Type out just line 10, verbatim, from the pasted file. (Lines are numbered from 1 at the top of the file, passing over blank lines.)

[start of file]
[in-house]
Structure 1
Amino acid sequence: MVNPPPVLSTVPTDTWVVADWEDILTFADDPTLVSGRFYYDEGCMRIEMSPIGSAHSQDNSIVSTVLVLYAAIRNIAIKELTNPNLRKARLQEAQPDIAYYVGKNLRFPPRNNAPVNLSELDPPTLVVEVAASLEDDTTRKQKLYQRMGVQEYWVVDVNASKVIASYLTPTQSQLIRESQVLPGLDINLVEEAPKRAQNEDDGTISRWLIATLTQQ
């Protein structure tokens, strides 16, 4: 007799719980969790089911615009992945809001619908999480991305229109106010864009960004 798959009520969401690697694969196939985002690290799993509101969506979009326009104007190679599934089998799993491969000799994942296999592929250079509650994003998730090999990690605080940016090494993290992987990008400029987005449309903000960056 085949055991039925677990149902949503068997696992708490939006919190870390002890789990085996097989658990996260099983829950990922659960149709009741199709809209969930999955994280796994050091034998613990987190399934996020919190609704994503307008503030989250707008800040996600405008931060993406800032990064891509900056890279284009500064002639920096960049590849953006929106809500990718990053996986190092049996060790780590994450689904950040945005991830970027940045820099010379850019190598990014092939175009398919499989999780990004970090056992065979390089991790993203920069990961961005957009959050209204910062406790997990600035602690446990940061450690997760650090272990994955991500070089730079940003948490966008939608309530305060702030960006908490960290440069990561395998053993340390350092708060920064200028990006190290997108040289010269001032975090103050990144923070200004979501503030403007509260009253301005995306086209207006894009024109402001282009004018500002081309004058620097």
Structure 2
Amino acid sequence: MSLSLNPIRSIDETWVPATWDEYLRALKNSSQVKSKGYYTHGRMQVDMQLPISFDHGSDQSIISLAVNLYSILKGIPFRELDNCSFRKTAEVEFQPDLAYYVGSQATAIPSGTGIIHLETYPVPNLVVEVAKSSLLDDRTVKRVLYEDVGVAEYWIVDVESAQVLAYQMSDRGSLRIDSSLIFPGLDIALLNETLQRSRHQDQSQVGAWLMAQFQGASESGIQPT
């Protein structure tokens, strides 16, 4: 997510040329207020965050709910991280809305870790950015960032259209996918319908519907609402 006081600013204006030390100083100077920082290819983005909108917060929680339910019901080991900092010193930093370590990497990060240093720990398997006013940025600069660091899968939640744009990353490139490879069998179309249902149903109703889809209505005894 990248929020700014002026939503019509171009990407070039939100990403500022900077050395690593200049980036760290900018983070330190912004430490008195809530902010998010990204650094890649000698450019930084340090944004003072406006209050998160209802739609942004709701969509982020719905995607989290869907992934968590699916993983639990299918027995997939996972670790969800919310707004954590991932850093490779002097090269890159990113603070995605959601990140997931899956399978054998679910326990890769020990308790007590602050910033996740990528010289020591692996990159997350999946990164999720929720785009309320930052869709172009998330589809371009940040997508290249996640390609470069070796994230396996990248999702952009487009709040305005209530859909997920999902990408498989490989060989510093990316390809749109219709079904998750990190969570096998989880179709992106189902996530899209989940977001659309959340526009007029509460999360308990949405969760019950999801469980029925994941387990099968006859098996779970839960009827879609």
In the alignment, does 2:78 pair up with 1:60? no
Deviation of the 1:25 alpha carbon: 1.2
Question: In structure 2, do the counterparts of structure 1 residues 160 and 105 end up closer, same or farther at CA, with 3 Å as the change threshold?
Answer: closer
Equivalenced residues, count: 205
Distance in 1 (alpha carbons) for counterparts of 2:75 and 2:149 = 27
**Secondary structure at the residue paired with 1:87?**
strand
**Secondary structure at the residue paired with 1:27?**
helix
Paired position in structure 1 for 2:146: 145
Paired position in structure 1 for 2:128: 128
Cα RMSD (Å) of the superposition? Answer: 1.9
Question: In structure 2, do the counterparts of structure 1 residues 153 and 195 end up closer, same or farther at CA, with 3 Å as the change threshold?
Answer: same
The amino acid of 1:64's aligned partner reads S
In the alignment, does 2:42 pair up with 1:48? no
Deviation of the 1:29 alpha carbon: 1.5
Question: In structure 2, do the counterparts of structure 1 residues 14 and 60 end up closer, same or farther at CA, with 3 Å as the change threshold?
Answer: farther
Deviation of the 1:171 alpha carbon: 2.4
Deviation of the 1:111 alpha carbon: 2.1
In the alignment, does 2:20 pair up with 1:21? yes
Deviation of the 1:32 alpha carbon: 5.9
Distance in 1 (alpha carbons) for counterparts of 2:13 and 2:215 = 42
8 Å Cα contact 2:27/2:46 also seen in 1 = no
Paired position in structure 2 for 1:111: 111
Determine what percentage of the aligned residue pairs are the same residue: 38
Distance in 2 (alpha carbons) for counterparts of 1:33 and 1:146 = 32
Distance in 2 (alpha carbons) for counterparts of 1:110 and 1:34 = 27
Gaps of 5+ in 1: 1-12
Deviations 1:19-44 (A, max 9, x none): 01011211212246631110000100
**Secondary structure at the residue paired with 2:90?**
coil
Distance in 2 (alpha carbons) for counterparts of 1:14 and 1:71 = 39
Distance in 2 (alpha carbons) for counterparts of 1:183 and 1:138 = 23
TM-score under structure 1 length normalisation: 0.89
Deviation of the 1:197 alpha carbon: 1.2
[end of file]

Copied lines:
Question: In structure 2, do the counterparts of structure 1 residues 160 and 105 end up closer, same or farther at CA, with 3 Å as the change threshold?